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NFL Draft: Myles Jack falls to Jaguars; Cowboys take risk on injured Jaylon Smith

UCLA's Myles Jack poses for photos upon arriving

UCLA's Myles Jack poses for photos upon arriving for the first round of the 2016 NFL football draft at the Auditorium Theater of Roosevelt University, Thursday, April 28, 2016, in Chicago. (AP Photo/Nam Y. Huh) Photo Credit: AP/ Nam Y. Huh

CHICAGO — Myles Jack’s free fall out of the first round finally ended Friday night when the Jaguars selected him with the 36th overall selection, but it was another linebacker dealing with a knee problem who made just as spectacular a move up the board as Jack made on the way down.

Very few draft analysts — maybe none? — expected injured Notre Dame linebacker Jaylon Smith to be picked anywhere near the top of the draft. But the Cowboys pulled off the biggest shocker of the night when they took a player who was widely regarded as a top 5 talent before blowing out his left knee in the Fiesta Bowl.

Many draft observers said Smith, who may not play this season while rehabbing from two torn ligaments and nerve issues in the knee, might not be drafted until the fourth round or beyond. But Cowboys owner and general manager Jerry Jones doesn’t mind taking risks, and he thinks the reward will be worth it with the 6-2, 225-pound defender.

“I’m going to be fine,” Smith said shortly after being drafted. “I’ll be able to play again. It’s just timing. Timing is everything and for Dallas to draft me, they’re going to get a great player. I’m looking forward to playing for a great team.”

Smith said he has resumed running in recent weeks, and believes he has a chance to play sometime this season.

“Absolutely never doubt God,” Smith said. “For me, it’s just progressing each and every day. You have to be patient.”

Smith was emotional after being selected “because just everything I’ve been through thus far,” he said. “It’s been the most challenging time of my life, but at the same time it’s been the best time of my life where my dream has just come true. I’ve been wanting to play in the NFL since I was seven years old.”

Smith was last year’ Dick Butkus Award winner as the country’s best linebacker after putting together his second straight season with 100-plus tackles. He finished his three-year career for the Irish with 284 tackles, including 23 ½ for loss, 4 ½ sacks, three fumble recoveries, three forces fumbles and 10 passes defensed.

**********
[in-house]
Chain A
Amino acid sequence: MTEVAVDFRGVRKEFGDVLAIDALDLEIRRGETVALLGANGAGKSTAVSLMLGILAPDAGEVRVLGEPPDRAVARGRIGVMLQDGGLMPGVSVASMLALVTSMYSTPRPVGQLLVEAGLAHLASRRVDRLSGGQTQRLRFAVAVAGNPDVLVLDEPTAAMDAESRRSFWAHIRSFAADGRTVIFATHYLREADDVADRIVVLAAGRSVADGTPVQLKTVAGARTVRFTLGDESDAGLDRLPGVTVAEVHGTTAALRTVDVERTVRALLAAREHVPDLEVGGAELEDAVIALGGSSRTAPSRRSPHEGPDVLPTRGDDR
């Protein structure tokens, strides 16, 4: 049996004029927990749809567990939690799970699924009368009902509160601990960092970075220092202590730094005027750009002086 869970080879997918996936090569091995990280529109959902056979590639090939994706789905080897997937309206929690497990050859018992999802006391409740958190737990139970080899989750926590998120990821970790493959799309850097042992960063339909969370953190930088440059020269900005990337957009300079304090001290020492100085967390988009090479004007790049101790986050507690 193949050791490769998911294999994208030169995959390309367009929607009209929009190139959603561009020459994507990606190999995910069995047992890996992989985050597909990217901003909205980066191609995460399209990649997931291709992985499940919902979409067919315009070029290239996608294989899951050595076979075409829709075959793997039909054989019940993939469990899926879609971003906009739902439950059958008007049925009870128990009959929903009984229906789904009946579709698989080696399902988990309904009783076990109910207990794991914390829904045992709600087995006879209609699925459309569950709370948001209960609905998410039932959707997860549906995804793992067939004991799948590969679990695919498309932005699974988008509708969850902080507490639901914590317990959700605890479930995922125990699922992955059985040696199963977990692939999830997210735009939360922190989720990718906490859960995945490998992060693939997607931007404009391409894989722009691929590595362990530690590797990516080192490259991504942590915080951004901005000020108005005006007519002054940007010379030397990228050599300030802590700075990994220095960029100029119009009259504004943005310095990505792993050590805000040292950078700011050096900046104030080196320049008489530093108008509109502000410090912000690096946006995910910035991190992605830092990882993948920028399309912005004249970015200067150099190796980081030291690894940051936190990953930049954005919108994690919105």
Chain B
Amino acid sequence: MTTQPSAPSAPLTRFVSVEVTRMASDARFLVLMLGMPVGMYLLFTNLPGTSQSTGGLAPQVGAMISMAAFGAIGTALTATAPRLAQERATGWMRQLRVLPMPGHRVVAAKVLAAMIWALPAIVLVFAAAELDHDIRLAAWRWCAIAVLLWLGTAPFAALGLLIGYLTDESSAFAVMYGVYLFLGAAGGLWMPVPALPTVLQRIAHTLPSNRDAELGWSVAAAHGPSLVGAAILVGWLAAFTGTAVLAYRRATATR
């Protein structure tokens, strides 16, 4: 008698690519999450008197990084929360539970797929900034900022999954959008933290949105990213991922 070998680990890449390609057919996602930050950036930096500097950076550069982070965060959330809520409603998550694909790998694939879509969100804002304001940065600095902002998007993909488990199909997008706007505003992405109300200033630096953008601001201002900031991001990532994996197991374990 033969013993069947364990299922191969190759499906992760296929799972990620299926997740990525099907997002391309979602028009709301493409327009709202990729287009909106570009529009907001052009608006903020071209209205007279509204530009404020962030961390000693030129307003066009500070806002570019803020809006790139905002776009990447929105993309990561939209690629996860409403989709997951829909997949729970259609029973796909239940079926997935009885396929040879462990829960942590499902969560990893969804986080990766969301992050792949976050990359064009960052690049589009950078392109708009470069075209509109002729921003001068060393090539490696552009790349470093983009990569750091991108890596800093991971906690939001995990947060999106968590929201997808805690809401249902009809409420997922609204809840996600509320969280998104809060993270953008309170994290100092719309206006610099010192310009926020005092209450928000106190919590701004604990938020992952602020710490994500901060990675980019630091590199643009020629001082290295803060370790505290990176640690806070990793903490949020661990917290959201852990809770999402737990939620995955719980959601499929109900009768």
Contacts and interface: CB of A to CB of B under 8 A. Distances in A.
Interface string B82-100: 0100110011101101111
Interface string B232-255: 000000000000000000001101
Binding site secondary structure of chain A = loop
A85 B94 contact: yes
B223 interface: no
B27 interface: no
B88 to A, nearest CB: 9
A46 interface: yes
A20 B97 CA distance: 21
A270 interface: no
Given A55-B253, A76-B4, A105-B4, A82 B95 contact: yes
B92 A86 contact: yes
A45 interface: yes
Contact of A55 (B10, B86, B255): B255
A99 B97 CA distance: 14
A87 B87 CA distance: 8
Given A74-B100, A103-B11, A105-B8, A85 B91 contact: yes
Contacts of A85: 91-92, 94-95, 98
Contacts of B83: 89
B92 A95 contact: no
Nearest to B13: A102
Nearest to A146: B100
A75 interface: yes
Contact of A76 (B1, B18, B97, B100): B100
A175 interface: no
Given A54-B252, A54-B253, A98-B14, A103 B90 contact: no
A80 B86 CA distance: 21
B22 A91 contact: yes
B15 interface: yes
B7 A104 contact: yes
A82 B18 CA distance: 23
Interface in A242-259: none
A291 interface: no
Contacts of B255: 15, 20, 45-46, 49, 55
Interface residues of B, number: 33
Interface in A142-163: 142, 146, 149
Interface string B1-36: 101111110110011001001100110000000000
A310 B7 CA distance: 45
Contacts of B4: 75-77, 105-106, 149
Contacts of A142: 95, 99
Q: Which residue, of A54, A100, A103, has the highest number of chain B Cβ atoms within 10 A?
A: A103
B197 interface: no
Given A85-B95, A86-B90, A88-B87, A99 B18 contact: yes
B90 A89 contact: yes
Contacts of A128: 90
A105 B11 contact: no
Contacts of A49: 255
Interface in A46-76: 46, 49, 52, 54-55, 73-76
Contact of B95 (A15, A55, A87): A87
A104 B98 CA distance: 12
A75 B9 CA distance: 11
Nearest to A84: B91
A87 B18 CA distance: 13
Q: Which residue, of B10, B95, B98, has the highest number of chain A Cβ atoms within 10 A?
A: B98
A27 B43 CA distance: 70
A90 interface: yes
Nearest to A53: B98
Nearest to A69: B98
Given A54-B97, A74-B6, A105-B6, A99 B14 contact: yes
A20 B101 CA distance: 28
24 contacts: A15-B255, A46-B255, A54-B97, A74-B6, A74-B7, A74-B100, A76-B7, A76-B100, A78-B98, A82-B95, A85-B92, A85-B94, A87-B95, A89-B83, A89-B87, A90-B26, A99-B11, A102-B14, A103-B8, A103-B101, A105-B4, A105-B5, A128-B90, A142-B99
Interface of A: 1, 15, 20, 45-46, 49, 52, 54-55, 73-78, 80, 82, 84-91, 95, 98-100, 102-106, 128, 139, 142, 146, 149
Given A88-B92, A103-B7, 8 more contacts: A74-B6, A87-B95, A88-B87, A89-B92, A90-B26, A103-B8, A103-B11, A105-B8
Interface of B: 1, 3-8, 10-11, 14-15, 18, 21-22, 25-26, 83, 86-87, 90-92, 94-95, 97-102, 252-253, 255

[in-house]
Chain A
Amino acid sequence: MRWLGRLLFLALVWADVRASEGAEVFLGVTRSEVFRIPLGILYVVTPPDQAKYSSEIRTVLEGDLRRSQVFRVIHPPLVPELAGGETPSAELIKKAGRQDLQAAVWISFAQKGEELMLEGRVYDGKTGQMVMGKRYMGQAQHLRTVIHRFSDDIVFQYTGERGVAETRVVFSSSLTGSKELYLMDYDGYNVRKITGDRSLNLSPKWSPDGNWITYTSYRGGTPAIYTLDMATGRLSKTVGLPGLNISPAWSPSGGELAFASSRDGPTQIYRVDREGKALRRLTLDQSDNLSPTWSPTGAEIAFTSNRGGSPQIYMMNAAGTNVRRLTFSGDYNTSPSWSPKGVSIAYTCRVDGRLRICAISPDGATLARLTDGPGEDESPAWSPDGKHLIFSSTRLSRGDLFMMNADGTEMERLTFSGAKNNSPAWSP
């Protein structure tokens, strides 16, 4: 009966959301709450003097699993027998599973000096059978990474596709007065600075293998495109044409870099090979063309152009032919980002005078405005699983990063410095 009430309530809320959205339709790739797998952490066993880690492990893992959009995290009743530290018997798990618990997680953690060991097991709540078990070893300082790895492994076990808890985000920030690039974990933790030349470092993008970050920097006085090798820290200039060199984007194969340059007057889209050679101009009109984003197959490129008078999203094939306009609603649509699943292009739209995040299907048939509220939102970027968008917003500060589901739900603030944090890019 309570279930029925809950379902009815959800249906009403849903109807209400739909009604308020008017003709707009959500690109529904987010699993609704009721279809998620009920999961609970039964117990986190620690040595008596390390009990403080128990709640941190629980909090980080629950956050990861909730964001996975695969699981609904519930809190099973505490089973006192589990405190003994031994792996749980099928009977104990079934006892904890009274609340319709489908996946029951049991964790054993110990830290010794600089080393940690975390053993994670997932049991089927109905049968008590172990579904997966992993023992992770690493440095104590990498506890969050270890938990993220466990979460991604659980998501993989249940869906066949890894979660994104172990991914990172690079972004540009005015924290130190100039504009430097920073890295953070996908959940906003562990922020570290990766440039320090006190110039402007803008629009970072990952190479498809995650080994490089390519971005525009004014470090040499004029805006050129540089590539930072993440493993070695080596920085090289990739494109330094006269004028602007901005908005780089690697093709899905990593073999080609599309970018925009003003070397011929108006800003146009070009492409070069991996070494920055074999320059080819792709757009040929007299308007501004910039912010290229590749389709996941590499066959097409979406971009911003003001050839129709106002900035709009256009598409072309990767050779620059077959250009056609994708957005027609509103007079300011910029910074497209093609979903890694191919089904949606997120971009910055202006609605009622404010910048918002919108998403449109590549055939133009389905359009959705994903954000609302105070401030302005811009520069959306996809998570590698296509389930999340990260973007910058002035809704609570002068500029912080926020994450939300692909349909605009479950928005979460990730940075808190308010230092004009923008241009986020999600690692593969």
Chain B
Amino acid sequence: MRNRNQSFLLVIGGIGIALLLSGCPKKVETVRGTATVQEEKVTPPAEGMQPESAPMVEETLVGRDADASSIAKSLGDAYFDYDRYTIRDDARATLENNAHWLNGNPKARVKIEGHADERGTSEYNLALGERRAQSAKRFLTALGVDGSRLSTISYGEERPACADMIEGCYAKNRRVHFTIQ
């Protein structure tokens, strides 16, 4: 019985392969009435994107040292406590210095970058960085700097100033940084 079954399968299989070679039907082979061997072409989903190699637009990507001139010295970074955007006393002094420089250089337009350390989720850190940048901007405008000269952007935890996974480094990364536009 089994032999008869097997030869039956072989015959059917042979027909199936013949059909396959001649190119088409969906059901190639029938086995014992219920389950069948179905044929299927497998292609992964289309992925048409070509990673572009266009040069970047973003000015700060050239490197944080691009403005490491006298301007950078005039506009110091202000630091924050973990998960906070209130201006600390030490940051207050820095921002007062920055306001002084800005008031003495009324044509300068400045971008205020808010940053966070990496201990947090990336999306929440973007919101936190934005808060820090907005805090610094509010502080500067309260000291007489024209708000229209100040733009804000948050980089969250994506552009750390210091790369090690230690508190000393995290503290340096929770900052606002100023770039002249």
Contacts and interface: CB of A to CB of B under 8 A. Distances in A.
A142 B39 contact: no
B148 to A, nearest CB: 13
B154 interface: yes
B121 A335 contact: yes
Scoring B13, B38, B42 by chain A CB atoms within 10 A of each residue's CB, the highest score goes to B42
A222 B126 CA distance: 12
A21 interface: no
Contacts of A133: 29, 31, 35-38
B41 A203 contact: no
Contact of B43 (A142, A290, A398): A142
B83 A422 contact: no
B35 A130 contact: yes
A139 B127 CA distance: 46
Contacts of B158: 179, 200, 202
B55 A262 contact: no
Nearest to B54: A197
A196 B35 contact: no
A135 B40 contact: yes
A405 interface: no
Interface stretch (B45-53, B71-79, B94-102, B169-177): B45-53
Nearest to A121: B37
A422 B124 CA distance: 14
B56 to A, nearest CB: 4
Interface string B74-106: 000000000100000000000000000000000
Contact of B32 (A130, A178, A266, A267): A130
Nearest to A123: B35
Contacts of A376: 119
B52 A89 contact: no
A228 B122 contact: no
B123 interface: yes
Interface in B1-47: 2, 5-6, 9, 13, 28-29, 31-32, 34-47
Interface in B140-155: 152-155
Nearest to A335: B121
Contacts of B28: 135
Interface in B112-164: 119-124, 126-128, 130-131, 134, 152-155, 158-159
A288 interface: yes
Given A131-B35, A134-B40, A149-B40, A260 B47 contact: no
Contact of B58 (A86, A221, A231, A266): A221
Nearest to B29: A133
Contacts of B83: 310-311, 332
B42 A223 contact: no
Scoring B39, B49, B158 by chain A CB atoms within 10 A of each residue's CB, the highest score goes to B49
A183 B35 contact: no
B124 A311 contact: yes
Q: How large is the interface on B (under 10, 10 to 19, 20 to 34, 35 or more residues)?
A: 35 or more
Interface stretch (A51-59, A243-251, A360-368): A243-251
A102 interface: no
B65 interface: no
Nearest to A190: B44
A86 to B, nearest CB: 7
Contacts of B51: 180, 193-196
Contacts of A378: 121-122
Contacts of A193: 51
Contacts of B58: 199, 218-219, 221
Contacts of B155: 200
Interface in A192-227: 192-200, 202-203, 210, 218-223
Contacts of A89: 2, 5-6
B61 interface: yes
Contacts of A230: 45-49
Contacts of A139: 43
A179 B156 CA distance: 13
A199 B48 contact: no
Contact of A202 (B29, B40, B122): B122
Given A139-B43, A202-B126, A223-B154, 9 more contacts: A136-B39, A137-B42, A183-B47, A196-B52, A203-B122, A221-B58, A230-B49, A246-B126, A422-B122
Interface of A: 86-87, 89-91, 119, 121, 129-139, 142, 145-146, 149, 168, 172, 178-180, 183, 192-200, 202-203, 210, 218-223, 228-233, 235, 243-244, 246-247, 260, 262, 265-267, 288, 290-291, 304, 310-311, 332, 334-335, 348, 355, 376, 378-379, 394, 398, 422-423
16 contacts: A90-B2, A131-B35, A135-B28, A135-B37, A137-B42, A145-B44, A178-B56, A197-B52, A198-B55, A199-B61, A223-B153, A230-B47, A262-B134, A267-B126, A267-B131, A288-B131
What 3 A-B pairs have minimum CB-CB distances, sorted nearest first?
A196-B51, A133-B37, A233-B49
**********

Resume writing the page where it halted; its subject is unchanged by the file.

The injury in the Fiesta Bowl was devastating, as he was injured on a block by Ohio State tackle Taylor Decker. While many draft-eligible players have recovered from torn knee ligaments, it’s the nerve damage, which requires more time to heal, that complicates his recovery. But one reason Dallas is confident Smith can make a full recovery is because the surgery was performed by Cowboys team physician Dr. Dan Cooper.

Jack, meanwhile, slipped out of the first round because of concerns about what might be a future surgery due to a condition that was discovered after he underwent surgery to repair his meniscus in September. Jack has expressed confidence he won’t knee additional surgery — which could be a microfracture procedure that has often caused professional athletes to end their careers — to correct the condition.

Jack said the day before the draft that he felt the Jaguars, who recently worked Jack out in California and came away satisfied he was physically sound, would be the perfect fit.

“We’ve had conversations about Myles Jack for many months now, just really intrigued by his skill set and how he plays the game,” Jaguars coach Gus Bradley said. “He just gives us great versatility. You’re always looking at having speed on the field.”

Are the Jaguars taking a big risk with Jack?

“The risk, we’ll deal with that,” Bradley said.

Another big second-round surprise: The Buccaneers traded up with the Chiefs to take Florida State kicker Roberto Aguayo at 59th overall. The last kicker to be drafted in the second round was Mike Nugent of the Jets in 2005. Only one kicker in NFL history, Sebastian Jankikowski of the Raiders, has been drafted in the first round. Aguayo set an NCAA record for kicking accuracy by making 267 of his 276 field goal attempts, good for an astounding 96.7 percentage.

The Ohio State draft.


Ohio State set a record for the most players taken from one school in the first three rounds with 10. Braxton Miller became the ninth Ohio State player drafted this year when he was taken by the Texans in the third round. The Seahawks later took Nick Vannett.

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